Yes, our favorite and most likely to be murdered family is still trying to keep things together. After the ambiguous fate of Jon Snow at the end of season five we’re given a rather definitive answer. Or so we think. I was one of those people who assumed Snow wasn’t dead for long. It has been nice seeing once Jon was resurrected he’s become less of a goody two shoes. Sansa has been getting the shit end of the stick for a long time. With two of her three past husbands being psychos it was only a matter of time before she decided to take her fate into her own hands. In the past Sansa has been a rather bland character in my opinion. She seems to always be more of a passenger in her own story than a driving force. But that has definitely changed. It’s good to see her become more proactive. Arya continues her training to become a Faceless (Wo)Man after being blinded and cast out last season. Through some redemption she regained both, but there’s still some hesitancy in her to fully embrace her future. Bran is still training with the Three-Eyed Raven and through this training we get a glimpse into the past. One of these flashbacks may in fact have given us a hint as to Jon Snow’s true parentage. Of course this doesn’t last long as Bran screws up and reigns a boatload of trouble on everyone in the cave with him. Oh, and Rickon is now in the hands of Ramsay Bolton if you cared.

-The Lannisters-

Cersei, Jaime, and Tommen are all neck deep in problems after Cersei let the High Sparrow and his cohorts loose to do her dirty work. It’s always nice to see the Lannisters get their just deserts. But I think it’s safe to assume they’re down, but not out at this point. On a more brighter side Tyrion continues to prove himself a valuable asset to Daenerys in her absence. As he tries to keep peace in Meereen with Varys we see his wisdom prove to be useful and diplomatic in maintaining the fragile alliance struck. It’s nice seeing his time as Hand of the King is proving useful. Could it mean that position will be in his future? I certainly hope so.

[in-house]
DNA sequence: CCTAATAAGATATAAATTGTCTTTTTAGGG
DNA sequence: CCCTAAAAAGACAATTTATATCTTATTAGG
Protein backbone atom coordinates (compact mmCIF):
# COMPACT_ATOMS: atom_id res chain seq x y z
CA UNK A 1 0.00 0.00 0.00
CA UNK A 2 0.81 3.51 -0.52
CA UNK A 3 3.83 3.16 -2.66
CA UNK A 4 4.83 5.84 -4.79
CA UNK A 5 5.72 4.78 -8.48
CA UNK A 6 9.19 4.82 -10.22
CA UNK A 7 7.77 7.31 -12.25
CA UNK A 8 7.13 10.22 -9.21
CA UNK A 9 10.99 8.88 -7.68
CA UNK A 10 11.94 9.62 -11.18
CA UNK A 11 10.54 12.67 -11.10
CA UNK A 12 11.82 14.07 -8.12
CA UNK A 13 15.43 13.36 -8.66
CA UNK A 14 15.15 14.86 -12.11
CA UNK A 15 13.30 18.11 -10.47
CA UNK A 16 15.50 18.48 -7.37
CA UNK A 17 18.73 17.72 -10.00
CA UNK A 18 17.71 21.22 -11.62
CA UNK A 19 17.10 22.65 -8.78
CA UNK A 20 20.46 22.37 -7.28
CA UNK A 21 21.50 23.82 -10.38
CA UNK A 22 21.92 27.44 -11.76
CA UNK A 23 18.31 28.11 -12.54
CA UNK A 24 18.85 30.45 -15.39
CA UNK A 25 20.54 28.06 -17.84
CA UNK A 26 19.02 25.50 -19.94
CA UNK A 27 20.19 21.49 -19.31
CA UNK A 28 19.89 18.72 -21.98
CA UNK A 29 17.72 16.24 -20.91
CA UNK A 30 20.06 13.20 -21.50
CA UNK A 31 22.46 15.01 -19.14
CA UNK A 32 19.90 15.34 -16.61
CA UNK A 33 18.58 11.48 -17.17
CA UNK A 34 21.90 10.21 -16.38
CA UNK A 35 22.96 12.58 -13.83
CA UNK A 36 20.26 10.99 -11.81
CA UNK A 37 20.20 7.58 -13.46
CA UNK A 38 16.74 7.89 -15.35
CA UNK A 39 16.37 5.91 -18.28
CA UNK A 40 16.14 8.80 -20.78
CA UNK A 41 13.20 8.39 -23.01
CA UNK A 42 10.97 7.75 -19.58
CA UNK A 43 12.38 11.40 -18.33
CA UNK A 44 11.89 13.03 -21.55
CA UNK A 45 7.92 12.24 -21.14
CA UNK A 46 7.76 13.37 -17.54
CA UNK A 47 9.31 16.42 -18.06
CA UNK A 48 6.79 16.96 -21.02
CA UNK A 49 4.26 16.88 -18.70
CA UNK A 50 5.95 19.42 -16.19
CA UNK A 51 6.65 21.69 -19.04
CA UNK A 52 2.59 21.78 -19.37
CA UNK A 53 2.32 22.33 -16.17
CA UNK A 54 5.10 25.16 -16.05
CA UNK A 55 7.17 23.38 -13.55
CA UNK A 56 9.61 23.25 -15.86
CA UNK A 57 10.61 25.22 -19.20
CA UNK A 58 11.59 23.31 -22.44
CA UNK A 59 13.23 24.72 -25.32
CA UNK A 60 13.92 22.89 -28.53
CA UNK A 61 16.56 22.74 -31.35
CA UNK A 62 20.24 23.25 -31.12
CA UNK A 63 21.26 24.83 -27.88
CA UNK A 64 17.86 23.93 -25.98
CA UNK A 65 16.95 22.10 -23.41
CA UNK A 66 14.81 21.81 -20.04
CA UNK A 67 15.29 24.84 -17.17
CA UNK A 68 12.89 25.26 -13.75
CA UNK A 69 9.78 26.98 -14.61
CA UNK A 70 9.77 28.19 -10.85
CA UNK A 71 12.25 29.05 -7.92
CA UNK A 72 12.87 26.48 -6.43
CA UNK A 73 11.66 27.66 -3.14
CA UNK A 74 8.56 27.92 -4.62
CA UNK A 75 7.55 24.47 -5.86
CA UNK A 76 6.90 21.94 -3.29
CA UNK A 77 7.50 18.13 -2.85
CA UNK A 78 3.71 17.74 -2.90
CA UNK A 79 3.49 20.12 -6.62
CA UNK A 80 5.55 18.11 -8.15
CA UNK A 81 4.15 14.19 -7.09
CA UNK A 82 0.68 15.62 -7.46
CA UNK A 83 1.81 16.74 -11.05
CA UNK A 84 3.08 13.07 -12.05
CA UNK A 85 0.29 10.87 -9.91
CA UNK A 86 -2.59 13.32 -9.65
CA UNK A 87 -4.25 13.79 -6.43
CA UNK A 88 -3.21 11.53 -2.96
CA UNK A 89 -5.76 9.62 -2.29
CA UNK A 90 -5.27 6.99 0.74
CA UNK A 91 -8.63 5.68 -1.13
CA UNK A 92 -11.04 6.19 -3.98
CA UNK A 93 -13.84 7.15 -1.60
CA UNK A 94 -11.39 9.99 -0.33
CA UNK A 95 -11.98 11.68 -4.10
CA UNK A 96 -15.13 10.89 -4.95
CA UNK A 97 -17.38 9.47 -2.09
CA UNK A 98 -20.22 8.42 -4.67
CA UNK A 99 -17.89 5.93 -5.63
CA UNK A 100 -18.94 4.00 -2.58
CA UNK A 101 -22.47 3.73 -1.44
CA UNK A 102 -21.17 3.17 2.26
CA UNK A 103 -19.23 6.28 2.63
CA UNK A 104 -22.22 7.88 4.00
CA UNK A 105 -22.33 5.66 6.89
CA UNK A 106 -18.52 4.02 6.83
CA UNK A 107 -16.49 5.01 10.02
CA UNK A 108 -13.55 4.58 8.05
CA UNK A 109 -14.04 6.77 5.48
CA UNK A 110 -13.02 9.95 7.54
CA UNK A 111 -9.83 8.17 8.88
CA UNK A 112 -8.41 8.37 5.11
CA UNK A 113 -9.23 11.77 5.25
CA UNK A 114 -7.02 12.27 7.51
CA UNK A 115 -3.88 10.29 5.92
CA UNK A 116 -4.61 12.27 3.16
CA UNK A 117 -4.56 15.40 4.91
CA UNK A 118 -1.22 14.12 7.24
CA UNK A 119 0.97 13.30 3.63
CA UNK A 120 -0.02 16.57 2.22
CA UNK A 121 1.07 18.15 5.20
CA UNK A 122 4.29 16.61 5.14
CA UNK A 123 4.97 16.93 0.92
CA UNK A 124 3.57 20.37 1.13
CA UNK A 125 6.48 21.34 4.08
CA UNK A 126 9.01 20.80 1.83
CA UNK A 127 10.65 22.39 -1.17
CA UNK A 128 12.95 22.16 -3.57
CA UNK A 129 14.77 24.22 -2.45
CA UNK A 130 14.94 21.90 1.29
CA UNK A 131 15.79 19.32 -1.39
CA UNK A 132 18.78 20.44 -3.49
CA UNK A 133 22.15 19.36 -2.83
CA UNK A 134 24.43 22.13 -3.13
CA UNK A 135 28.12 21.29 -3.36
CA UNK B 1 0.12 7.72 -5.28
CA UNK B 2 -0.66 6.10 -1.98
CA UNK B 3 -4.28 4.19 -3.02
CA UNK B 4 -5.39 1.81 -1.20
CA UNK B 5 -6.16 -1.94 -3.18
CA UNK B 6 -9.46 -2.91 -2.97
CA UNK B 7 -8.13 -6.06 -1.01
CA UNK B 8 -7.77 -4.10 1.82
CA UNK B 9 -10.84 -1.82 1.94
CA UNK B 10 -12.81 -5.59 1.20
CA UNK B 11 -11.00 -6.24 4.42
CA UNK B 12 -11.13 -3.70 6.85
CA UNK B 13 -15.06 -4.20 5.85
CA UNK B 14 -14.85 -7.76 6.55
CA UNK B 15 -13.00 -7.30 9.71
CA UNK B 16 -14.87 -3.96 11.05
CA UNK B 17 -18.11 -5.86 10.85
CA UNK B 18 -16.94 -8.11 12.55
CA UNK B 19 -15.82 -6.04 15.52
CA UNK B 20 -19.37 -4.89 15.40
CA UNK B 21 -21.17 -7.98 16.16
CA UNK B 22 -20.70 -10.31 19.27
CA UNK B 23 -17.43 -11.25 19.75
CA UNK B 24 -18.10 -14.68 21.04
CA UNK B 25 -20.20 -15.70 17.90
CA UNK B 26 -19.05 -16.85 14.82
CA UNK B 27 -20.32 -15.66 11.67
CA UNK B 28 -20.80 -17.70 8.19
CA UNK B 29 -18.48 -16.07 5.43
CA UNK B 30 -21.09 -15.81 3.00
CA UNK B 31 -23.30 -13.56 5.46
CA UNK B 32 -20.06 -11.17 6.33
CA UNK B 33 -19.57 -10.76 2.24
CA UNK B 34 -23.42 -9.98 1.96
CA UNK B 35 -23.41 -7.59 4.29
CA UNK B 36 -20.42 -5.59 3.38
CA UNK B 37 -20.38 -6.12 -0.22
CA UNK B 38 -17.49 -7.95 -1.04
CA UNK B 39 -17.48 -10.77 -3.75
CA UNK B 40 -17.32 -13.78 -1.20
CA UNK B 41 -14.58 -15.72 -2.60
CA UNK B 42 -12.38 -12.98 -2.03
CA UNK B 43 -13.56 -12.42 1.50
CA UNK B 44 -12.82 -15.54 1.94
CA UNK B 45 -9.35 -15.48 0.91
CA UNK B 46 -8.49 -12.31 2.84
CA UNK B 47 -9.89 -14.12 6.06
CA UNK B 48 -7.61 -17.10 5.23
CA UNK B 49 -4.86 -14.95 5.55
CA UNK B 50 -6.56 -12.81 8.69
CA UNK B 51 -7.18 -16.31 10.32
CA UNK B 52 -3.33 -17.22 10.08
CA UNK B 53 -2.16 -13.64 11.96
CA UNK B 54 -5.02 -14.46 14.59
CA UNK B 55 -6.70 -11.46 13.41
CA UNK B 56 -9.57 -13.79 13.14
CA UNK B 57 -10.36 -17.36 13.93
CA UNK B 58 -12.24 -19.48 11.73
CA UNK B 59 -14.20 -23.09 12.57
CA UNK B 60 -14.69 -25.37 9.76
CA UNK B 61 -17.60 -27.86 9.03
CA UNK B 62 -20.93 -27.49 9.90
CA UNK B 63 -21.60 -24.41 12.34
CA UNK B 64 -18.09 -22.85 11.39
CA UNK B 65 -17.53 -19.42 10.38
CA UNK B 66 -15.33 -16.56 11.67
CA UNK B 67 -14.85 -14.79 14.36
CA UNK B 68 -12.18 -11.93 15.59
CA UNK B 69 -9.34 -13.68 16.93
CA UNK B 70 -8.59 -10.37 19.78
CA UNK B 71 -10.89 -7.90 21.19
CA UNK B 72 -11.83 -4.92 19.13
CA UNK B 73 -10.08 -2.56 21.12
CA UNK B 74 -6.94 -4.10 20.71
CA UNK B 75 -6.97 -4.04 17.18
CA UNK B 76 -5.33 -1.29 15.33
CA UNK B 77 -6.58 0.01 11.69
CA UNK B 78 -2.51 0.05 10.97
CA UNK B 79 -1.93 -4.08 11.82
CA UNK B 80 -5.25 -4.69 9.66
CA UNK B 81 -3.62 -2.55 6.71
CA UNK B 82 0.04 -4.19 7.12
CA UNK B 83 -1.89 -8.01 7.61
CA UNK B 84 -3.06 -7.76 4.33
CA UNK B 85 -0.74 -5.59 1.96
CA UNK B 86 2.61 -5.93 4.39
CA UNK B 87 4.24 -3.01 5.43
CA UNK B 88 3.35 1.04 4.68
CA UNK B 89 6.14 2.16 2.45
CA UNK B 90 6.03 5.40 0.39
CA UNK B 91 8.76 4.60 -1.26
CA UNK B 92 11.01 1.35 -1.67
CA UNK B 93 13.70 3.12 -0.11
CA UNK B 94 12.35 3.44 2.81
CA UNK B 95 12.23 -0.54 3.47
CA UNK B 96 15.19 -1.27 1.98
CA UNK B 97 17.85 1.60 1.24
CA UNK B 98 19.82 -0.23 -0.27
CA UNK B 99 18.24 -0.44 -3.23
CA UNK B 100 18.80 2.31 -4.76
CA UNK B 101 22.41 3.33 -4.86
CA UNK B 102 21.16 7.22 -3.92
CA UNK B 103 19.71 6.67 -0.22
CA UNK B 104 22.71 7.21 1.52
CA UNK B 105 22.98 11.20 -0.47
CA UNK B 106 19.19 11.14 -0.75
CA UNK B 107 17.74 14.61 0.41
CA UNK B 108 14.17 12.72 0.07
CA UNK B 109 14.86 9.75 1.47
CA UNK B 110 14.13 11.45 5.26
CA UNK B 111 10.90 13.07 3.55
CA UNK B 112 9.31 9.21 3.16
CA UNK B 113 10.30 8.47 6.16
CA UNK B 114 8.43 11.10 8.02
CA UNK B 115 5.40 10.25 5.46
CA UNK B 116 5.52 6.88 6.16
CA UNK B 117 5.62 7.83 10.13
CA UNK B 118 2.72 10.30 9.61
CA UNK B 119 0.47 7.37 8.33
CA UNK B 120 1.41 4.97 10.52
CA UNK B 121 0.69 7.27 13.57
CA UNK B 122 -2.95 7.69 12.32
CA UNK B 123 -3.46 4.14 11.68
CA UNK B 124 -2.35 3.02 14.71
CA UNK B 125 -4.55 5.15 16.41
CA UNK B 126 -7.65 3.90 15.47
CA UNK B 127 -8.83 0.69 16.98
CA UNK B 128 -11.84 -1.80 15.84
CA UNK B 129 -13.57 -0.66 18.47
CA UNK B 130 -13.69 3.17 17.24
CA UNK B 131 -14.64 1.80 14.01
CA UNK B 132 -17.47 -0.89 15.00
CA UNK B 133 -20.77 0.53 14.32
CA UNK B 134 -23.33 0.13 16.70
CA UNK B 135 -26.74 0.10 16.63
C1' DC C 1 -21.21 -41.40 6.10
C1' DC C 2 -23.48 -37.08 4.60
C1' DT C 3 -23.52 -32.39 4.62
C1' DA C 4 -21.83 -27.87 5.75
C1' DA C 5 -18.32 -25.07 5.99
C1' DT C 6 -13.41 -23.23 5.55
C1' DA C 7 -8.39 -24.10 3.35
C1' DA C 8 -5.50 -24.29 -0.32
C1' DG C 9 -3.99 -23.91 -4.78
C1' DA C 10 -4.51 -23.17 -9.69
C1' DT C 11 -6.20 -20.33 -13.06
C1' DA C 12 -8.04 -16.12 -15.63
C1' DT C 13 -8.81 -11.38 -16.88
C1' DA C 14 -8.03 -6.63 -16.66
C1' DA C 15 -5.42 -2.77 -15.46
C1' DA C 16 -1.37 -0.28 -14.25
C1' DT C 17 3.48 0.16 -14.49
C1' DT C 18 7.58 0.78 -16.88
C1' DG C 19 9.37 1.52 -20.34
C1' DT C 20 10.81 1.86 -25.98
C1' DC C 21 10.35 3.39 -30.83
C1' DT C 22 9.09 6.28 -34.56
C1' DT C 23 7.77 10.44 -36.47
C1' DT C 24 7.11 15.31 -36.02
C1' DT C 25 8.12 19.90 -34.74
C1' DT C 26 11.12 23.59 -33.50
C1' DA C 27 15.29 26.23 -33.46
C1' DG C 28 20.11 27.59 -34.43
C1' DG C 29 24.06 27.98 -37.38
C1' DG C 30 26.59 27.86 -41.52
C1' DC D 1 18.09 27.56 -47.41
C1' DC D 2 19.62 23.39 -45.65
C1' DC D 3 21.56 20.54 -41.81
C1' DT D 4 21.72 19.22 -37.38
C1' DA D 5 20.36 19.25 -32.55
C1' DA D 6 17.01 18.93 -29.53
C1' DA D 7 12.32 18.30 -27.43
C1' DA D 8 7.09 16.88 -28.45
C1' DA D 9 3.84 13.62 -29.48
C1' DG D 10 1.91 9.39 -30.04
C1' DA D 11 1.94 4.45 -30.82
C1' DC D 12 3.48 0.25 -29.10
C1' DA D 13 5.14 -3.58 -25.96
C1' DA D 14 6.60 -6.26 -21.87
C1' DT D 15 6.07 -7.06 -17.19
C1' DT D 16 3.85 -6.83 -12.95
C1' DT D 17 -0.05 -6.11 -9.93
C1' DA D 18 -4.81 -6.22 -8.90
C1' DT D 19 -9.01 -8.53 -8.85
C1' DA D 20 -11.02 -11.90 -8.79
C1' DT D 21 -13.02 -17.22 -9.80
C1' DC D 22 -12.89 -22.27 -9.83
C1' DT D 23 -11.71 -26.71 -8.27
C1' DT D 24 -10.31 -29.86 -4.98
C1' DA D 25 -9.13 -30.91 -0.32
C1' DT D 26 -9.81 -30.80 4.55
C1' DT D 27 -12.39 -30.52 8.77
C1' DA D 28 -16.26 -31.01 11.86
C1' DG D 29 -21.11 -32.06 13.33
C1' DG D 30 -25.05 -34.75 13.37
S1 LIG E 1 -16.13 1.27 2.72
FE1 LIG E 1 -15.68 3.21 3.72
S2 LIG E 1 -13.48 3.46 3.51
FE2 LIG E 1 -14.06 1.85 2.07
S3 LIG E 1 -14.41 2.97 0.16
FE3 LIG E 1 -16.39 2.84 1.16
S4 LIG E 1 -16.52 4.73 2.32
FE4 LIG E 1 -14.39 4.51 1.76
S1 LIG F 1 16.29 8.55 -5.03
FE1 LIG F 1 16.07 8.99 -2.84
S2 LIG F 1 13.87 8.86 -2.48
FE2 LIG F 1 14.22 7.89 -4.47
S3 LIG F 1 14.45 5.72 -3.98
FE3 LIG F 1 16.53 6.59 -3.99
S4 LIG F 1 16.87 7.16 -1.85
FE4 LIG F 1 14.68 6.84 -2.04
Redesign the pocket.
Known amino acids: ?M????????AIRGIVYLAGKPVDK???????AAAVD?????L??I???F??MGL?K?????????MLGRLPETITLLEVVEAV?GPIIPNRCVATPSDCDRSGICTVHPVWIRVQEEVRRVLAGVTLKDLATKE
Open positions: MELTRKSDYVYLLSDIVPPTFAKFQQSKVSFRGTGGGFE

-The Boltons-

Just when you think the series killed off the most detestable character with Joffrey you get someone just as bad… if not worse in Ramsay. Is it more horrifying to deal with a psychotic asshole who’s a rich self-entitled prick or a psychotic asshole who’s had to claw his way to the top and hasn’t been afraid to get his hands dirty in the process? This detestable heap of excrement has been murdering to keep a tight grip on the North and now that two Starks are coming after him he might be in for a fight. In spite of the fact that he’s got a bargaining chip in Rickon we might see the Boltons reign come to an end. It’s been nice to see all the conspirators in The Red Wedding meeting a painful end.

-Daenerys Targaryen-

After being saved from the vicious attack in Meereen, Daenerys gets dropped into the Dothraki’s hands. With news of Drogo’s death a new Khal forces her join a bunch of other Dothraki spinsters in a proto-Red Hat Society. This doesn’t sit well with the Mother of Dragons who traps the Khals in building and burns it down. The remaining Dothrakis (along with Jorah and Daario who arrived in a half-baked rescue plan) bow to her. Looks like her cause to reclaim the Iron Throne continues to grow.

-The Greyjoys-

Having finally reclaimed a piece of his former self Theon returns to the Iron Islands where he finds out about his father Balon’s death. His sister Yara assumes he plans to take the throne for himself, but after his mismanagement of Winterfell it looks like there’s no remaining interest in ruling. As Yara begins to rally support to her cause their delusional uncle Euron comes into undermine her. In spite of admitting  his hand in killing Balon people rally around him and he is crowned king. In the meantime Yara and Theon steal the entire Iron Fleet and set sail.

-Death Death Death-